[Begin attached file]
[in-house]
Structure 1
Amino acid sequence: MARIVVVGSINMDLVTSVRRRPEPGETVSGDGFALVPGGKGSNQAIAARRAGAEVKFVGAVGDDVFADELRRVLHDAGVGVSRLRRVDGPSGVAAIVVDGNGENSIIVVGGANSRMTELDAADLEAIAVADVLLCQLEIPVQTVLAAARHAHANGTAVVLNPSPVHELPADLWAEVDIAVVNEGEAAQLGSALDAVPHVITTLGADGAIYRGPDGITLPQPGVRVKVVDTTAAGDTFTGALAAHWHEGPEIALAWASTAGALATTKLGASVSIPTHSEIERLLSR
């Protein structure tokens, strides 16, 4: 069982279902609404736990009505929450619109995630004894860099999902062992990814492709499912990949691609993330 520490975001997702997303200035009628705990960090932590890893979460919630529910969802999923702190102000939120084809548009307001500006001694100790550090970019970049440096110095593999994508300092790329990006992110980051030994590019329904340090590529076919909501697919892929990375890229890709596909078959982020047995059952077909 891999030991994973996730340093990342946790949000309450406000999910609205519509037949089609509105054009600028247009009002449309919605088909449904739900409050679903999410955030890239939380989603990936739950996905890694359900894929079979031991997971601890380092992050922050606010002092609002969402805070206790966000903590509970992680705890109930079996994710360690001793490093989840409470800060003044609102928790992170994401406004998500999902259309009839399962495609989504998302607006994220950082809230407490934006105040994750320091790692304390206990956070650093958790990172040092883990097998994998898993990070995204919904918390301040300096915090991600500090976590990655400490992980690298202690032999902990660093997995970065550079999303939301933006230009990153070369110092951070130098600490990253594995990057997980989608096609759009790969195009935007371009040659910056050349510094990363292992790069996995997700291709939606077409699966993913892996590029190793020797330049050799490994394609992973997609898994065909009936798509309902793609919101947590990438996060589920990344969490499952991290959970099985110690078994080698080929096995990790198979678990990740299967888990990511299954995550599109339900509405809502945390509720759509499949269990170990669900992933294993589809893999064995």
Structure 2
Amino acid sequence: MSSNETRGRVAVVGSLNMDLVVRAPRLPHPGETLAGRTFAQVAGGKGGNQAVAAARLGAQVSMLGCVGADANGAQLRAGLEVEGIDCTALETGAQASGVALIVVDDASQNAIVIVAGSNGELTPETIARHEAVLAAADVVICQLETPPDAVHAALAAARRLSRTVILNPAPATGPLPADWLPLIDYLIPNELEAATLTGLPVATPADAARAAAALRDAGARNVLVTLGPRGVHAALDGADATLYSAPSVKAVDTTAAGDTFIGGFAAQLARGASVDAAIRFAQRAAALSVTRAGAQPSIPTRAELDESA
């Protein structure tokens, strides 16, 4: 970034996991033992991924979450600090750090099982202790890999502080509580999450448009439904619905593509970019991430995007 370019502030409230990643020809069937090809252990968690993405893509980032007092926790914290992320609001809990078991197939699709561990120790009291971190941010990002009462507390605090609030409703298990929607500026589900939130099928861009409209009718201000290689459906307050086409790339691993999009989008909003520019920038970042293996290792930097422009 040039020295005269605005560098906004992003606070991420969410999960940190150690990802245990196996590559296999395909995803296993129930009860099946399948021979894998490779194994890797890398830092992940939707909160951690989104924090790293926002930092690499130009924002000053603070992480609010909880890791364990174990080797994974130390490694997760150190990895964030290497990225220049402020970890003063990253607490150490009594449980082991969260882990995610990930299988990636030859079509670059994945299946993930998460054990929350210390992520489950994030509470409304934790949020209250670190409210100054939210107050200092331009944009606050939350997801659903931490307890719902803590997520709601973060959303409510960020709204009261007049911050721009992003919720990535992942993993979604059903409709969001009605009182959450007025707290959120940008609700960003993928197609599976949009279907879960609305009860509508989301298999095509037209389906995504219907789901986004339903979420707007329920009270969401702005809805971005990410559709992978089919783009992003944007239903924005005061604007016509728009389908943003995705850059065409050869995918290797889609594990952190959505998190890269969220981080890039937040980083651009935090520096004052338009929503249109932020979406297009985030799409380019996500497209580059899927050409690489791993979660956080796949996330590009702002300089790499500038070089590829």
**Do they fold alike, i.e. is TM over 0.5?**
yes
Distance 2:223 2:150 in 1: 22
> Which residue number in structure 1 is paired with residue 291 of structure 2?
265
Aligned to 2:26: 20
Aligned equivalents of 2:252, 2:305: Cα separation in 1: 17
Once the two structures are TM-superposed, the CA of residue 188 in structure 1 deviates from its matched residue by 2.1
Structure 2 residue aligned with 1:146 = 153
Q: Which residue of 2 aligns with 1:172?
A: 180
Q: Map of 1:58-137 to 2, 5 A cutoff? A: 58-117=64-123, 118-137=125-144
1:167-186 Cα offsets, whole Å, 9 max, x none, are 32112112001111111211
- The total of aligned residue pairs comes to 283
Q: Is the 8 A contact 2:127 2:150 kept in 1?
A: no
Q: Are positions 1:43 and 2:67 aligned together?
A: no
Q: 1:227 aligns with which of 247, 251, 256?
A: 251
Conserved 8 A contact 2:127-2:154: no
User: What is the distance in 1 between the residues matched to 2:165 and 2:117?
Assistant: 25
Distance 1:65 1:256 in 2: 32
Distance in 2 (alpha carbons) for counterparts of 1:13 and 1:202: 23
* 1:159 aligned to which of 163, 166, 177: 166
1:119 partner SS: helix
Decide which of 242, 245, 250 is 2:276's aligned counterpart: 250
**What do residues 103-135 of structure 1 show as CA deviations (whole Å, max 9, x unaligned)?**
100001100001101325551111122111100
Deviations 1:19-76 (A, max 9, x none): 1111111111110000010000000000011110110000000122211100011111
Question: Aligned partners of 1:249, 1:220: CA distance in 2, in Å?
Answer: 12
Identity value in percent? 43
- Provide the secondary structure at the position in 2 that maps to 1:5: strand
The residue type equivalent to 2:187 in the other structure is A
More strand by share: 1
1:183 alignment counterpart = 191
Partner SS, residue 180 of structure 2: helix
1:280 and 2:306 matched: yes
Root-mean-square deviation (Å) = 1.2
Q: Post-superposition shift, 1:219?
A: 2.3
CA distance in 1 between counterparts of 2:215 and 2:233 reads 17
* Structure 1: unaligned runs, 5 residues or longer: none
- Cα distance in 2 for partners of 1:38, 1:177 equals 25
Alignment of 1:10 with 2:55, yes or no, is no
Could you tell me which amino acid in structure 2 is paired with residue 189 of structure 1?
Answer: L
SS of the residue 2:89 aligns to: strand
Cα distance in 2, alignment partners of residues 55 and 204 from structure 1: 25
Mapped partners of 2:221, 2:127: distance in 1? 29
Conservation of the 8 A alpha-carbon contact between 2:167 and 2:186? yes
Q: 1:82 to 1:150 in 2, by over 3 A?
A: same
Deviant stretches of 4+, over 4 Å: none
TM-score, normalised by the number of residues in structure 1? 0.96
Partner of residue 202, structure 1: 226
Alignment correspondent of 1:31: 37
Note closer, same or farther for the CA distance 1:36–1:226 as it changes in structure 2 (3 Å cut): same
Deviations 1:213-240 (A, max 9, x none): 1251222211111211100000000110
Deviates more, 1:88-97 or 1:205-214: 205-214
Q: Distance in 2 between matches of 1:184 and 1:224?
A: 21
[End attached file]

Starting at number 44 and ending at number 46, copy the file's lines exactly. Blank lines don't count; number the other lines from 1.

More strand by share: 1
1:183 alignment counterpart = 191
Partner SS, residue 180 of structure 2: helix